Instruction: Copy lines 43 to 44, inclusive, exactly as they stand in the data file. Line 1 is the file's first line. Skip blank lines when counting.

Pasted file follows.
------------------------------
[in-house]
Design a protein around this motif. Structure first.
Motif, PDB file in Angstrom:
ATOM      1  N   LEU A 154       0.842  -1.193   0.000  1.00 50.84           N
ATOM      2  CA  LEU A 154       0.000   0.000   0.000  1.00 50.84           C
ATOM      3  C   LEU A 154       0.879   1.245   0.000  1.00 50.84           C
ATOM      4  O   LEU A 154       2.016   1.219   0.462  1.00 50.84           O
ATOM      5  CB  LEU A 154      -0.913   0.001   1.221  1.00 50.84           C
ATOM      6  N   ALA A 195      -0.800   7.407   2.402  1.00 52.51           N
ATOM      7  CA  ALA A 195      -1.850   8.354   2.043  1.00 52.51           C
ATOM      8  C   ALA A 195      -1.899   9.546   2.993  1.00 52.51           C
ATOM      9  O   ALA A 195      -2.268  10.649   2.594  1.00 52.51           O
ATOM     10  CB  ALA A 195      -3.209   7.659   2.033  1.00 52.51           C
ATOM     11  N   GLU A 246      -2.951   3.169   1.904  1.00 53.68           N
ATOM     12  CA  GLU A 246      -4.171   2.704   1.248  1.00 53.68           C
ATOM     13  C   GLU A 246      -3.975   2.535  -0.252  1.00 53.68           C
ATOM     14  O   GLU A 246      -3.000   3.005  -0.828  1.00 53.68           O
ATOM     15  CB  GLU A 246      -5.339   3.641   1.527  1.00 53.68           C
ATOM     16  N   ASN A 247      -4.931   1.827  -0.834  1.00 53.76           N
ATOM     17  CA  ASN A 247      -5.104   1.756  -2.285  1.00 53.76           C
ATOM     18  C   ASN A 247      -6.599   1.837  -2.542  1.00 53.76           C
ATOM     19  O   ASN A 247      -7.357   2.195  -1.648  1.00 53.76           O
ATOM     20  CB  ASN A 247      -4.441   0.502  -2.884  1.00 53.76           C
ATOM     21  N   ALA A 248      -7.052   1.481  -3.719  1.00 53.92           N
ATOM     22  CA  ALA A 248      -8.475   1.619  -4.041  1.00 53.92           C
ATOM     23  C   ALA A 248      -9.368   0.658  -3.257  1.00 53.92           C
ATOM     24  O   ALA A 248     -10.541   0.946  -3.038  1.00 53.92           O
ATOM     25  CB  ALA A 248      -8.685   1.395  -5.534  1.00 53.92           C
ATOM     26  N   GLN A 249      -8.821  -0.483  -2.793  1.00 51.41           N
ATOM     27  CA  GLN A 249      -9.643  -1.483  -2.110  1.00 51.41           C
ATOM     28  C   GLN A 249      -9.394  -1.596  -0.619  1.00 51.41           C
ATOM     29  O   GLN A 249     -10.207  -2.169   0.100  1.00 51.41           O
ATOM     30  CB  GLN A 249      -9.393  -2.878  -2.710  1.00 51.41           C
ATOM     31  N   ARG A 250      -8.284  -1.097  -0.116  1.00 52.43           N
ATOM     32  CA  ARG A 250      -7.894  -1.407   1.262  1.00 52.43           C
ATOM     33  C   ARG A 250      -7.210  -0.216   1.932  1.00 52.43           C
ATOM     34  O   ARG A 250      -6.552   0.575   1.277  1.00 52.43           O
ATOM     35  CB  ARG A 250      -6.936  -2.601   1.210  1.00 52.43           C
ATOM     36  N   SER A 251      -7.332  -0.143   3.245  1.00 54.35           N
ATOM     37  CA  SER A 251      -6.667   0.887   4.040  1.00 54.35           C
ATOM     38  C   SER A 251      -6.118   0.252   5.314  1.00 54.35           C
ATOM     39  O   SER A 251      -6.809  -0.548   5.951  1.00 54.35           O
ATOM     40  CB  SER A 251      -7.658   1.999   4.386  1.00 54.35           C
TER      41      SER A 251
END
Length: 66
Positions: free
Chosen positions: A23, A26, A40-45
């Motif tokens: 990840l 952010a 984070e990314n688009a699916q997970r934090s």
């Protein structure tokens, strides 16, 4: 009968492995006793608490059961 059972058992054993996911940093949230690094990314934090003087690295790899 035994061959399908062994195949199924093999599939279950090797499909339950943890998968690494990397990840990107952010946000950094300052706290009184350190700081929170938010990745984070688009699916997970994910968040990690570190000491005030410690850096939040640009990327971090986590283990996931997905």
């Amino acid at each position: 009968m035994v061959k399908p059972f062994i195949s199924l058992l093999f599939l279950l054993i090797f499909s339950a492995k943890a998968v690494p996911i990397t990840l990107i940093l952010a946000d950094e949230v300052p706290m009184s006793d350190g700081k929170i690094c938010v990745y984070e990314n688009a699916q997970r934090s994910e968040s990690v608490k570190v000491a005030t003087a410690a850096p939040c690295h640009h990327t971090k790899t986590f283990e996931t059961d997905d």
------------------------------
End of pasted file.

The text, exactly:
ATOM     40  CB  SER A 251      -7.658   1.999   4.386  1.00 54.35           C
TER      41      SER A 251